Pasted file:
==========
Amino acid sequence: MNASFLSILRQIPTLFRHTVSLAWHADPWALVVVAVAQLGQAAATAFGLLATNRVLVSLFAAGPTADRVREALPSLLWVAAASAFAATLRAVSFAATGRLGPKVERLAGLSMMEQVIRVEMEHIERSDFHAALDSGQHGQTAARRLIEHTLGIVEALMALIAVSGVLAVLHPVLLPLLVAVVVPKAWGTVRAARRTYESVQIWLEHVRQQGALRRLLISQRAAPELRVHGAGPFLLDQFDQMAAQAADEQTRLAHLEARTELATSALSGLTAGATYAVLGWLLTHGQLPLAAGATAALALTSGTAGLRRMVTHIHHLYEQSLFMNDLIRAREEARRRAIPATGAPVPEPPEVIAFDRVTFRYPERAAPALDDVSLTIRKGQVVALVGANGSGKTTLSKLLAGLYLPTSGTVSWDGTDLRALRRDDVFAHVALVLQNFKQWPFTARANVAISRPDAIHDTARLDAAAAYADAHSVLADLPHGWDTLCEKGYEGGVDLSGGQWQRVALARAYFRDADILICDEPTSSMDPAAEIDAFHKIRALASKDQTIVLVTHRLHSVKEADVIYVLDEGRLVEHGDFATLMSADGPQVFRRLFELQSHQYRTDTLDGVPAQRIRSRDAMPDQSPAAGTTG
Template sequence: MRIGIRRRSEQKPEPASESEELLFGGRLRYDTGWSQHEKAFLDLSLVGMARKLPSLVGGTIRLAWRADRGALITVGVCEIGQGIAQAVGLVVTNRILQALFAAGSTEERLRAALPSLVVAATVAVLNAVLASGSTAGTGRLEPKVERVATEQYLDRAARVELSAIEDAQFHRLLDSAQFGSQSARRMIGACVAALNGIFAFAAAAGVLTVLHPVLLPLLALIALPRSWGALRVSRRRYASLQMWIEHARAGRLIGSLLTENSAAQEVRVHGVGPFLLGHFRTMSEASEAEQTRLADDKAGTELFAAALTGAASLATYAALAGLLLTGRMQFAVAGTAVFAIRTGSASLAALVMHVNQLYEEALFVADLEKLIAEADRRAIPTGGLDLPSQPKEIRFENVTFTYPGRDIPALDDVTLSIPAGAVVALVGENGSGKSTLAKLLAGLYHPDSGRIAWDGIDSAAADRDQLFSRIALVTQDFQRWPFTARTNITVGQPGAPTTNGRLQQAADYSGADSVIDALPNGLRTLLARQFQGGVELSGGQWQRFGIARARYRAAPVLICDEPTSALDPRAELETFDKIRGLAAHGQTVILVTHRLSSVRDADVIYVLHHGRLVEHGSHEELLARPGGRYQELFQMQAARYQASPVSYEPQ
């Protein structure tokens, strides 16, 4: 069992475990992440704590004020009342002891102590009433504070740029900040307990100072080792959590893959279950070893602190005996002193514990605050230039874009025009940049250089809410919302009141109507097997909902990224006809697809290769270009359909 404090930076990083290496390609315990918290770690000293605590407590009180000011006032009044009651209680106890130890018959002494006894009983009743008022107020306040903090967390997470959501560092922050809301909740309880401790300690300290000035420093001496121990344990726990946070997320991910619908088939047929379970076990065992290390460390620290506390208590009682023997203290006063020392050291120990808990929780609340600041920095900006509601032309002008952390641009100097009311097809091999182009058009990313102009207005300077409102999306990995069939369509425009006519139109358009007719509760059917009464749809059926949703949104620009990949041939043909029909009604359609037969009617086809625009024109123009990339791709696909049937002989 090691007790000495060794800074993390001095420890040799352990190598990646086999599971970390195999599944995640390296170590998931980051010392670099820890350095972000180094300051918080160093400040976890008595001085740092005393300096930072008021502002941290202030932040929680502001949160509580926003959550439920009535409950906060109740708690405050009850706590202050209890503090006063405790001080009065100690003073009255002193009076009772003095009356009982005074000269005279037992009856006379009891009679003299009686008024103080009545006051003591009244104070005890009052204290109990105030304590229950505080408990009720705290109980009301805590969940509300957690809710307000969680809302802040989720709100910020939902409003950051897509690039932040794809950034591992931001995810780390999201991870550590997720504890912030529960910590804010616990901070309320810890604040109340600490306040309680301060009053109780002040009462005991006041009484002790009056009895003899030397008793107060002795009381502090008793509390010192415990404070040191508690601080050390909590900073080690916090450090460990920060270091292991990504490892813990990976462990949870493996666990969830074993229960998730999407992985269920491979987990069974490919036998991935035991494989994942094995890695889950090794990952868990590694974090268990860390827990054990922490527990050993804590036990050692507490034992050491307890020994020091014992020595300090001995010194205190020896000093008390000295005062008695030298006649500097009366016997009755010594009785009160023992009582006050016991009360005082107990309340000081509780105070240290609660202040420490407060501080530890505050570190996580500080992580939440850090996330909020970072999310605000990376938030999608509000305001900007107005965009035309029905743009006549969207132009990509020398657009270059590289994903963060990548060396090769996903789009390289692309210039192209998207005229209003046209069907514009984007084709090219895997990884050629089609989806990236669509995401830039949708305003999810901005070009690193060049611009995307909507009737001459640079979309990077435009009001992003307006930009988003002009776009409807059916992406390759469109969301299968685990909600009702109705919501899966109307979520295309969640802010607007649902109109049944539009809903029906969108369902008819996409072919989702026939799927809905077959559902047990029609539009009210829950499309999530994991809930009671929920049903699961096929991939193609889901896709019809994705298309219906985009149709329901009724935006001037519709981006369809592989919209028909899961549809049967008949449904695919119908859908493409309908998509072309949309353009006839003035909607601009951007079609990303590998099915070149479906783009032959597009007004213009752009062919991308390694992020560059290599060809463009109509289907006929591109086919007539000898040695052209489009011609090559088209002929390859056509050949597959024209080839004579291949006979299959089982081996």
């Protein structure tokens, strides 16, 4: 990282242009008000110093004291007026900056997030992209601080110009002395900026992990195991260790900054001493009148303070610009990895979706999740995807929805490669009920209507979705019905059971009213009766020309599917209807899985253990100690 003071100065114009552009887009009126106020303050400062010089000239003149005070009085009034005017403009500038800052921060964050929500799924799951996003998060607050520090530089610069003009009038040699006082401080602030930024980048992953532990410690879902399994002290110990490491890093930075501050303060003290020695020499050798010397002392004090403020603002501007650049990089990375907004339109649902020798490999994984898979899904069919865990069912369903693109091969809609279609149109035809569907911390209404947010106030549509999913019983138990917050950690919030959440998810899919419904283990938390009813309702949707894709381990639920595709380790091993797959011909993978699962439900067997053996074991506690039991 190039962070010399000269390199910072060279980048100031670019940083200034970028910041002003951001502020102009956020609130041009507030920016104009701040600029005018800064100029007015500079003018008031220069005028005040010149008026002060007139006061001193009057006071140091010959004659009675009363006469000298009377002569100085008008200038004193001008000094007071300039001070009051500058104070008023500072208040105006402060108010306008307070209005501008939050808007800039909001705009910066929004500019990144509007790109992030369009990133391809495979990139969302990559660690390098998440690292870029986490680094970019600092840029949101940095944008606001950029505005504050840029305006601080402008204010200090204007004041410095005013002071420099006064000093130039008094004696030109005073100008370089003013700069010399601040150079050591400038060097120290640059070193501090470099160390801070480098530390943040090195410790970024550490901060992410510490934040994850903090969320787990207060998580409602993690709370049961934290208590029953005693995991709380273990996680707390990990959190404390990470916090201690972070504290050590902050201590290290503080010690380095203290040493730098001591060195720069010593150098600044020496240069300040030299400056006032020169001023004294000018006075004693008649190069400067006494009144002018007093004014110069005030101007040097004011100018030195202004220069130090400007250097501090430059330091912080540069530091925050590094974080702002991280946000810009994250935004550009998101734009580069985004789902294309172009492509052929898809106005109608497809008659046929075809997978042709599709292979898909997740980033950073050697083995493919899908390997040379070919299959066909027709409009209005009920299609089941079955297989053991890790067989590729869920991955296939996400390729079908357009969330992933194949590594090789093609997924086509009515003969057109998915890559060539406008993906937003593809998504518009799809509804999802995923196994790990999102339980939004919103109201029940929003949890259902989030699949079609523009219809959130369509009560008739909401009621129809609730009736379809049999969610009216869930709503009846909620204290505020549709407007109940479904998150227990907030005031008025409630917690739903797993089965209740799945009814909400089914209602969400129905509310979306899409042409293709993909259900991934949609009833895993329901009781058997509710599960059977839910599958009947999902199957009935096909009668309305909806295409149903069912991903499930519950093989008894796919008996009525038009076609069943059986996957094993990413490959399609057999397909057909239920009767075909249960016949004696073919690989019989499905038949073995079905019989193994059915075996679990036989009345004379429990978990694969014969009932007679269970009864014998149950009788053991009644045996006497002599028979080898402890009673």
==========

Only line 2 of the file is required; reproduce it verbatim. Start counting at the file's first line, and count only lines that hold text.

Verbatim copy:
Template sequence: MRIGIRRRSEQKPEPASESEELLFGGRLRYDTGWSQHEKAFLDLSLVGMARKLPSLVGGTIRLAWRADRGALITVGVCEIGQGIAQAVGLVVTNRILQALFAAGSTEERLRAALPSLVVAATVAVLNAVLASGSTAGTGRLEPKVERVATEQYLDRAARVELSAIEDAQFHRLLDSAQFGSQSARRMIGACVAALNGIFAFAAAAGVLTVLHPVLLPLLALIALPRSWGALRVSRRRYASLQMWIEHARAGRLIGSLLTENSAAQEVRVHGVGPFLLGHFRTMSEASEAEQTRLADDKAGTELFAAALTGAASLATYAALAGLLLTGRMQFAVAGTAVFAIRTGSASLAALVMHVNQLYEEALFVADLEKLIAEADRRAIPTGGLDLPSQPKEIRFENVTFTYPGRDIPALDDVTLSIPAGAVVALVGENGSGKSTLAKLLAGLYHPDSGRIAWDGIDSAAADRDQLFSRIALVTQDFQRWPFTARTNITVGQPGAPTTNGRLQQAADYSGADSVIDALPNGLRTLLARQFQGGVELSGGQWQRFGIARARYRAAPVLICDEPTSALDPRAELETFDKIRGLAAHGQTVILVTHRLSSVRDADVIYVLHHGRLVEHGSHEELLARPGGRYQELFQMQAARYQASPVSYEPQ